Yahoo News is covering this story from the victims' perspective. Not surprisingly, many of them are unhappy to be getting less money rather than more. In fact, many of them "were planning their retirements with the $2.5 billion in punitive damages that Exxon Mobil Corp. was expected to pay." Given that these people received compensatory damages, which means that they were (at least in theory) compensated for lost earnings (and lost future productivity), is it reasonable for them to demand that Exxon also pay for their retirements? I'm not convinced that the answer is "yes." I'm quite sure that a lot of people do not feel that the compensatory damages were adequate, but nobody seems to care about the distinction between the types of damages.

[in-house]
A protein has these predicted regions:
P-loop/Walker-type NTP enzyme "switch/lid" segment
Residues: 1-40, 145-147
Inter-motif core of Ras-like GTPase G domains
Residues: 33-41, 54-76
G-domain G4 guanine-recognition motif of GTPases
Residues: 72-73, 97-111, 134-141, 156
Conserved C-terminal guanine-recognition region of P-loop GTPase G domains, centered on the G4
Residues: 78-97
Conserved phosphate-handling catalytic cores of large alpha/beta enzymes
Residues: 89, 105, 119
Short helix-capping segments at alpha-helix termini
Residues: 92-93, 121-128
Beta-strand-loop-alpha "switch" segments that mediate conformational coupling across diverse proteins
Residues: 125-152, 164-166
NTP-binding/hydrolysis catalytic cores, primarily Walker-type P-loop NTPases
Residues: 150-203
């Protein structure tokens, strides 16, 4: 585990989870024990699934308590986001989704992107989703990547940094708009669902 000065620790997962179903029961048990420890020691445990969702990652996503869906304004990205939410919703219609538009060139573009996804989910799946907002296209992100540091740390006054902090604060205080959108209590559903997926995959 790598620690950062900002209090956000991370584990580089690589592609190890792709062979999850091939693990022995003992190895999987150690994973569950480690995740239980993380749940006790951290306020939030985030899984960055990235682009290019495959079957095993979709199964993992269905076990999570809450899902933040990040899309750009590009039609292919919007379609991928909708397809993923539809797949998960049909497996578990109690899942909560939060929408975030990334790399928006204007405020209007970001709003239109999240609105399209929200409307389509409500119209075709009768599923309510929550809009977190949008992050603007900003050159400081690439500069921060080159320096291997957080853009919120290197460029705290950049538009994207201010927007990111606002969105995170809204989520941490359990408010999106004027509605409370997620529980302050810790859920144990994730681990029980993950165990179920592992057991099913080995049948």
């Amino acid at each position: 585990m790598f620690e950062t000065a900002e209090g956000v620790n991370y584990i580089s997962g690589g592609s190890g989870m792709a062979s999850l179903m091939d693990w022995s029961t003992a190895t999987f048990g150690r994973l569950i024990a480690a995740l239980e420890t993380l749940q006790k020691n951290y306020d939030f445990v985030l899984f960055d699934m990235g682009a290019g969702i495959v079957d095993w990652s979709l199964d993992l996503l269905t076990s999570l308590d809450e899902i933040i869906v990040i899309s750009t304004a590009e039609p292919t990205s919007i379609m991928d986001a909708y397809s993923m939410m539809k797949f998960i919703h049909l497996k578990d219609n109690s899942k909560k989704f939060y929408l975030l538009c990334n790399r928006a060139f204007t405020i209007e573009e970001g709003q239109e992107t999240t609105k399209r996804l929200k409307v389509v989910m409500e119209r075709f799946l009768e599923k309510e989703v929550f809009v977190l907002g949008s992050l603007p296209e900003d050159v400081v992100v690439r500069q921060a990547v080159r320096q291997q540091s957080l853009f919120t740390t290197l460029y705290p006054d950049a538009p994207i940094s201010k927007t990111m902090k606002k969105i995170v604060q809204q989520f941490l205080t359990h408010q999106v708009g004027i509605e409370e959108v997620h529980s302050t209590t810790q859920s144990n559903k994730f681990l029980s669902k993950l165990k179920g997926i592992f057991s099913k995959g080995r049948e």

On a lighter note, one fisherman attempted to express his indignation by saying,
It [the decision] really hurts...It gives big business the formula they need to calculate the cost of their actions when they destroy the environment. This gives them the formula to calculate their risk, period.
Would he prefer that big business only have an unbiased estimate of the cost of their actions?